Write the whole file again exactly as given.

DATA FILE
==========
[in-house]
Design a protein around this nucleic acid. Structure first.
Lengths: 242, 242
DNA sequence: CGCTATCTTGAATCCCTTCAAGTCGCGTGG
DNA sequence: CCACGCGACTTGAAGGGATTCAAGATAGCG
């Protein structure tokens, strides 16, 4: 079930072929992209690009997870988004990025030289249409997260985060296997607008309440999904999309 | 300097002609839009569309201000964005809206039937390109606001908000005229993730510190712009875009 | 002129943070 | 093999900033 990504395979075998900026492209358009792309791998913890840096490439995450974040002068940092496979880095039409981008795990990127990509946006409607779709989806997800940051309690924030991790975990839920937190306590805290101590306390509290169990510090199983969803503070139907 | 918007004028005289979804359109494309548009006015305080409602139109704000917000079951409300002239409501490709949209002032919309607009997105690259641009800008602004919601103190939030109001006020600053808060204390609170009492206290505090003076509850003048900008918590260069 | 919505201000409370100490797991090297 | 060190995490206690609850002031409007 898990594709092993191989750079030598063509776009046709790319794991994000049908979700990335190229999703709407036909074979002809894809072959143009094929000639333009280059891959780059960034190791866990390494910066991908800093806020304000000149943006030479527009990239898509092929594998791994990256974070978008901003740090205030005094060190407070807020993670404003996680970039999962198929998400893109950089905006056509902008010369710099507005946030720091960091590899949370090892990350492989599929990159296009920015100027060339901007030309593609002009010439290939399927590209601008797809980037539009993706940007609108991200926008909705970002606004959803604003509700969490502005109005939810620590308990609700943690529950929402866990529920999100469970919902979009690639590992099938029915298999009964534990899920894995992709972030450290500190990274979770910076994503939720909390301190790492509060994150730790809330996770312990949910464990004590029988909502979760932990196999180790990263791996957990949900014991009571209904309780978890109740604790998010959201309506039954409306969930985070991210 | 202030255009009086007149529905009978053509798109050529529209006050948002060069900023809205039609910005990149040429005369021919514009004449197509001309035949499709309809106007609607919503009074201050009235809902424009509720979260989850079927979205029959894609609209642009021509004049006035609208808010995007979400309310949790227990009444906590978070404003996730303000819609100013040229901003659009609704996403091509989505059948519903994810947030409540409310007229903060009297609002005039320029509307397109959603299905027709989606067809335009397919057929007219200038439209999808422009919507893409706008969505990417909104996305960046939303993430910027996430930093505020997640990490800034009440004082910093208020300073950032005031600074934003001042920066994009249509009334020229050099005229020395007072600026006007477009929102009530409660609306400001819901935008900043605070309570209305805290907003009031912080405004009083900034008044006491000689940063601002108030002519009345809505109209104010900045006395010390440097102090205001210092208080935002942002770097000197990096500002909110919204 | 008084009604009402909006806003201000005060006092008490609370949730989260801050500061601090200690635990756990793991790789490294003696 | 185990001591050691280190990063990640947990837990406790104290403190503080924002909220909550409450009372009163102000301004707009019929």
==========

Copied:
[in-house]
Design a protein around this nucleic acid. Structure first.
Lengths: 242, 242
DNA sequence: CGCTATCTTGAATCCCTTCAAGTCGCGTGG
DNA sequence: CCACGCGACTTGAAGGGATTCAAGATAGCG
């Protein structure tokens, strides 16, 4: 079930072929992209690009997870988004990025030289249409997260985060296997607008309440999904999309 | 300097002609839009569309201000964005809206039937390109606001908000005229993730510190712009875009 | 002129943070 | 093999900033 990504395979075998900026492209358009792309791998913890840096490439995450974040002068940092496979880095039409981008795990990127990509946006409607779709989806997800940051309690924030991790975990839920937190306590805290101590306390509290169990510090199983969803503070139907 | 918007004028005289979804359109494309548009006015305080409602139109704000917000079951409300002239409501490709949209002032919309607009997105690259641009800008602004919601103190939030109001006020600053808060204390609170009492206290505090003076509850003048900008918590260069 | 919505201000409370100490797991090297 | 060190995490206690609850002031409007 898990594709092993191989750079030598063509776009046709790319794991994000049908979700990335190229999703709407036909074979002809894809072959143009094929000639333009280059891959780059960034190791866990390494910066991908800093806020304000000149943006030479527009990239898509092929594998791994990256974070978008901003740090205030005094060190407070807020993670404003996680970039999962198929998400893109950089905006056509902008010369710099507005946030720091960091590899949370090892990350492989599929990159296009920015100027060339901007030309593609002009010439290939399927590209601008797809980037539009993706940007609108991200926008909705970002606004959803604003509700969490502005109005939810620590308990609700943690529950929402866990529920999100469970919902979009690639590992099938029915298999009964534990899920894995992709972030450290500190990274979770910076994503939720909390301190790492509060994150730790809330996770312990949910464990004590029988909502979760932990196999180790990263791996957990949900014991009571209904309780978890109740604790998010959201309506039954409306969930985070991210 | 202030255009009086007149529905009978053509798109050529529209006050948002060069900023809205039609910005990149040429005369021919514009004449197509001309035949499709309809106007609607919503009074201050009235809902424009509720979260989850079927979205029959894609609209642009021509004049006035609208808010995007979400309310949790227990009444906590978070404003996730303000819609100013040229901003659009609704996403091509989505059948519903994810947030409540409310007229903060009297609002005039320029509307397109959603299905027709989606067809335009397919057929007219200038439209999808422009919507893409706008969505990417909104996305960046939303993430910027996430930093505020997640990490800034009440004082910093208020300073950032005031600074934003001042920066994009249509009334020229050099005229020395007072600026006007477009929102009530409660609306400001819901935008900043605070309570209305805290907003009031912080405004009083900034008044006491000689940063601002108030002519009345809505109209104010900045006395010390440097102090205001210092208080935002942002770097000197990096500002909110919204 | 008084009604009402909006806003201000005060006092008490609370949730989260801050500061601090200690635990756990793991790789490294003696 | 185990001591050691280190990063990640947990837990406790104290403190503080924002909220909550409450009372009163102000301004707009019929």